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Weight Lifting May Be OK After Breast Cancer Surgery

(San Antonio) - Contrary to what was thought, a weight lifting program can not increase the risk of swelling of the arm caused by lymphedema in breast cancer survivors. This is according to a new study conducted by the same researchers who have previously found that weight lifting can help patients with breast cancer that already have lymphedema in their arms to gain strength.

Lymphedema is the accumulation of fluid that causes swelling. It may be a lasting side effect on the removal of lymph nodes during breast cancer surgery.

To avoid the development of condition or worsen, the vast majority of 2.4 million survivors of breast cancer in the US are usually advised by raising children, heavy bags, or anything else weighing more than 5 pounds .

But studies challenge such a council.

The discoveries "does not mean that women can simply leave, buy a set of weights and start their own rehabilitation program," says researcher Kathryn Schmitz, PhD, MPH, associate professor of epidemiology and biostatistics of the University of Pennsylvania School of Medicine.

Weight Lifting Fat Loss Workout - Weight Lifting May Be OK After Breast Cancer Surgery

Weight Lifting Fat Loss Workout

What "breast cancer survivors should do is go to your doctor and insist on getting a prescription for physiotherapy. The physiotherapist can evaluate them and develop a safe weight lifting program," says Schmitz.

The new study was presented at the San Antonio Mamam Cancer Symposium and published online in the Journal of the American Medical Association.

Weight Lifting May Be OK After Breast Cancer Surgery

weight lifting and lymphedema

The study involved about 150 breast cancer survivors who had their cancer diagnosed from one to five years previously. Everyone had two or more lymphatic ones removed, and none had signs of lymphedema when they entered the study.

Arm measurements were taken throughout the study of one year. A woman was considered to have lymphedema if her affected arm swelled 5% or more.

eleven percent of 72 women in the weight lifting group had its affected arm swell 5% or more vs. 17% of 75 women who have not changed their normal physical activities.

Among women who had five or more lymph nodes removed during breast cancer surgery, 7% of 45 women in this group had 5% or more arm swelling compared to 22% of 49 Women who did not raise weights. This translates into a 70% reduction at risk, SCHMITZ says.

Women in the weight lifting group received a one-year association for a local fitness center. For 13 weeks, they attended small lessons, two weeks, 90 minutes led by certified fitness professionals who have taught them safe techniques for weight lifting using weights and free machines. The weight was slowly increased for each exercise if women did not have arm symptoms, including swelling, pain, tingling or numbness.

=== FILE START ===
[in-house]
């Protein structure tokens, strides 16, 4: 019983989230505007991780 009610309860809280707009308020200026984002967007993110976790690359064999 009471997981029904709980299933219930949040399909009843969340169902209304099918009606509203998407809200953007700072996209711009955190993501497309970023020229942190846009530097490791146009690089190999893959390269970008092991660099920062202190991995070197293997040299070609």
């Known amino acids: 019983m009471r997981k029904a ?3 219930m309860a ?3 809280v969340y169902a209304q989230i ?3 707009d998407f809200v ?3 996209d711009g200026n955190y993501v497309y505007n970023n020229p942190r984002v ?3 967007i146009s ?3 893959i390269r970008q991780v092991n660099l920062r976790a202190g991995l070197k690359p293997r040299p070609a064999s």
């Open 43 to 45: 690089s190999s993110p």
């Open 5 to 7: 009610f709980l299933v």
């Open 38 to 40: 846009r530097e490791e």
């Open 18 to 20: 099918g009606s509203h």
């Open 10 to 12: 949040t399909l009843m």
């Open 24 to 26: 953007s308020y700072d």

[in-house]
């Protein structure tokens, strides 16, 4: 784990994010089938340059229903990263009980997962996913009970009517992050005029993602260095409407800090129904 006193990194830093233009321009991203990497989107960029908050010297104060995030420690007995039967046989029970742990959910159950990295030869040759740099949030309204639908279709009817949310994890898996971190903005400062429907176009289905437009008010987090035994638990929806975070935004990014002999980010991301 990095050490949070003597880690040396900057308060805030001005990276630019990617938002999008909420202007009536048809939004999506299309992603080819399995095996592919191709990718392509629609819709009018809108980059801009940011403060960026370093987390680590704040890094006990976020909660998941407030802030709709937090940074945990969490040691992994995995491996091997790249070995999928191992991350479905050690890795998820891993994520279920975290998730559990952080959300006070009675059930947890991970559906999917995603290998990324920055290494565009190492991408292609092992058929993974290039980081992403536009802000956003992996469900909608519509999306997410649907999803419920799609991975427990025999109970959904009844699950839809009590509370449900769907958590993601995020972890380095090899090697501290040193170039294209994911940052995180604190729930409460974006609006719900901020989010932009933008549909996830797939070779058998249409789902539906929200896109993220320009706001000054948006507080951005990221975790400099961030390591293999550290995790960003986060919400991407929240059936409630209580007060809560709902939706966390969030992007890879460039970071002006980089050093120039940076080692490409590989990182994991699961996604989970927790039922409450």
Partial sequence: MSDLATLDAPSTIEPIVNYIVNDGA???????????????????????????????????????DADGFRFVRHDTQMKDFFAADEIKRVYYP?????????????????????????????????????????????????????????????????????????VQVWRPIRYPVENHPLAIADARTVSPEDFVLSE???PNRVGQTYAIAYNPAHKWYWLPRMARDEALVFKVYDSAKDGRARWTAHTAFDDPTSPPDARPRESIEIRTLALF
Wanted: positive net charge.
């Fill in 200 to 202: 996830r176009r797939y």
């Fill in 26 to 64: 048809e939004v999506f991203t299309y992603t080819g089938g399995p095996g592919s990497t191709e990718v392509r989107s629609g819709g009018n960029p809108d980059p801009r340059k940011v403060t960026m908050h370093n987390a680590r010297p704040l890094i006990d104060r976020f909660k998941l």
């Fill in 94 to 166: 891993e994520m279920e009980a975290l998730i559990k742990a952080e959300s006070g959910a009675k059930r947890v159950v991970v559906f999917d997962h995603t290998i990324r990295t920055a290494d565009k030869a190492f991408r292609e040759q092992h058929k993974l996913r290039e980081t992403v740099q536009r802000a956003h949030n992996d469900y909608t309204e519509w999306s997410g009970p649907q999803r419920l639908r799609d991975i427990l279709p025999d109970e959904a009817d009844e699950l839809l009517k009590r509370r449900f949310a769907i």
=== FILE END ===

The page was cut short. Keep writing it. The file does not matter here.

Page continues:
For the rest of the study, women exercised on their own while they are being monitored by any change in symptoms.

The rest of the women were not invited to start weight training, and they got a one-year pass for a health club only when the study ended.

any woman who developed lymphedema received a custom compression piece for the affected arm and was forced to use it if performing weight lifting exercises.

Some breast cancer survivors still receive arm swelling Some women will develop lymphedema, even if they follow a well-designed weight lifting program, Schmitz Caues. "A risk reduction does not mean total prevention."

Alphonse Taghian, MD, PhD, Chief of Mama Oncology Radiation at Massachusetts General Hospital in Boston, tells WebMD that he thinks the study will have "great impact."

"This will change the way we advise women, who are usually afraid to use their affected arm. They do not need to be afraid," says Taghian, who was not involved in the study.

They say: "Women have to be taken care of [Survey] will not cause damage," he says.

But another cancer specialist and exercise drives that the newest study is needed before any advice to avoid lifting heavy objects can be changed.

Lee W. Jones, PhD, Scientific Director of the Center for Duke for Cancer Survival at Duke Comprehensive Cancer Center, tells WebMD that while the study is "a step in the right direction", the number of Women studied was "small and the number of patients who actually developed lymphedema was especially small," he says.

Linfedema: What is at risk The studies have shown that the third of breast cancer survivors who have had multiple lymph nodes removed are the highest risk of lymphedema, with as many as 47 % of these women developing the condition.

Of the 61% of women suffering less invasive biopsies of the sentinel lymph node and have only one or two we removed, up to 7% develop lymphedema.

"This is a real life concern that often limits your ability to work, play with your children, even raise all the holiday bags this season," says Schmitz.

Insurance co-payments usually cover the cost of five to 10 physiotherapy sessions, SCHMITZ says. If you do not have insurance, the cost varies widely, but it is typically in the range of $ 75 to $ 100 per session.

- Weight Lifting Fat Loss Workout

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the smoothie diet


the smoothie diet
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